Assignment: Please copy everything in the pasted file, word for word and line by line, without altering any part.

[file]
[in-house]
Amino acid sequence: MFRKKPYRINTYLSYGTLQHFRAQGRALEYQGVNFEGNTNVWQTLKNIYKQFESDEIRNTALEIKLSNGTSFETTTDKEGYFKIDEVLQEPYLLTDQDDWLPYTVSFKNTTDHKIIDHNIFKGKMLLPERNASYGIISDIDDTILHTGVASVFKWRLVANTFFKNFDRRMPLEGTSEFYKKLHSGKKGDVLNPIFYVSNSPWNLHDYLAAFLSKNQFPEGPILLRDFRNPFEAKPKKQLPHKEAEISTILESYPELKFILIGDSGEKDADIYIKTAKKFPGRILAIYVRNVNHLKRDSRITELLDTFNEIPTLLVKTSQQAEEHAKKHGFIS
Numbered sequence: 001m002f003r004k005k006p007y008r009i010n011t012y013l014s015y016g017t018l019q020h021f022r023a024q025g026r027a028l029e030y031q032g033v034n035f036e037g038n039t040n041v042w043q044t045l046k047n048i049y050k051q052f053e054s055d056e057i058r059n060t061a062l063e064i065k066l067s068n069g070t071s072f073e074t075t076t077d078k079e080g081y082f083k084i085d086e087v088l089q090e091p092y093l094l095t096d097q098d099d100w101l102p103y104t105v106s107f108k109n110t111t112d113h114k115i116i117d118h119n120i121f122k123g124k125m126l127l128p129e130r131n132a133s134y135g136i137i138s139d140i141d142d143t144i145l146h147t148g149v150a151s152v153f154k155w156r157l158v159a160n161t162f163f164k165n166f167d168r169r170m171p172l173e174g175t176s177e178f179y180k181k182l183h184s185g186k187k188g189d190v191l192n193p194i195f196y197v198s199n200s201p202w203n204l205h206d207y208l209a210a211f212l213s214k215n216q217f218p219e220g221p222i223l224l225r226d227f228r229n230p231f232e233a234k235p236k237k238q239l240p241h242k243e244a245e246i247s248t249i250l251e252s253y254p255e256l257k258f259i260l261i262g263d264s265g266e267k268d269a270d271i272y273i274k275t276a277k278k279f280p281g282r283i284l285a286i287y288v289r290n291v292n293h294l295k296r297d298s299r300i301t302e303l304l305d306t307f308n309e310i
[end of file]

[in-house]
Amino acid sequence: MFRKKPYRINTYLSYGTLQHFRAQGRALEYQGVNFEGNTNVWQTLKNIYKQFESDEIRNTALEIKLSNGTSFETTTDKEGYFKIDEVLQEPYLLTDQDDWLPYTVSFKNTTDHKIIDHNIFKGKMLLPERNASYGIISDIDDTILHTGVASVFKWRLVANTFFKNFDRRMPLEGTSEFYKKLHSGKKGDVLNPIFYVSNSPWNLHDYLAAFLSKNQFPEGPILLRDFRNPFEAKPKKQLPHKEAEISTILESYPELKFILIGDSGEKDADIYIKTAKKFPGRILAIYVRNVNHLKRDSRITELLDTFNEIPTLLVKTSQQAEEHAKKHGFIS
Numbered sequence: 001m002f003r004k005k006p007y008r009i010n011t012y013l014s015y016g017t018l019q020h021f022r023a024q025g026r027a028l029e030y031q032g033v034n035f036e037g038n039t040n041v042w043q044t045l046k047n048i049y050k051q052f053e054s055d056e057i058r059n060t061a062l063e064i065k066l067s068n069g070t071s072f073e074t075t076t077d078k079e080g081y082f083k084i085d086e087v088l089q090e091p092y093l094l095t096d097q098d099d100w101l102p103y104t105v106s107f108k109n110t111t112d113h114k115i116i117d118h119n120i121f122k123g124k125m126l127l128p129e130r131n132a133s134y135g136i137i138s139d140i141d142d143t144i145l146h147t148g149v150a151s152v153f154k155w156r157l158v159a160n161t162f163f164k165n166f167d168r169r170m171p172l173e174g175t176s177e178f179y180k181k182l183h184s185g186k187k188g189d190v191l192n193p194i195f196y197v198s199n200s201p202w203n204l205h206d207y208l209a210a211f212l213s214k215n216q217f218p219e220g221p222i223l224l225r226d227f228r229n230p231f232e233a234k235p236k237k238q239l240p241h242k243e244a245e246i247s248t249i250l251e252s253y254p255e256l257k258f259i260l261i262g263d264s265g266e267k268d269a270d271i272y273i274k275t276a277k278k279f280p281g282r283i284l285a286i287y288v289r290n291v292n293h294l295k296r297d298s299r300i301t302e303l304l305d306t307f308n309e310i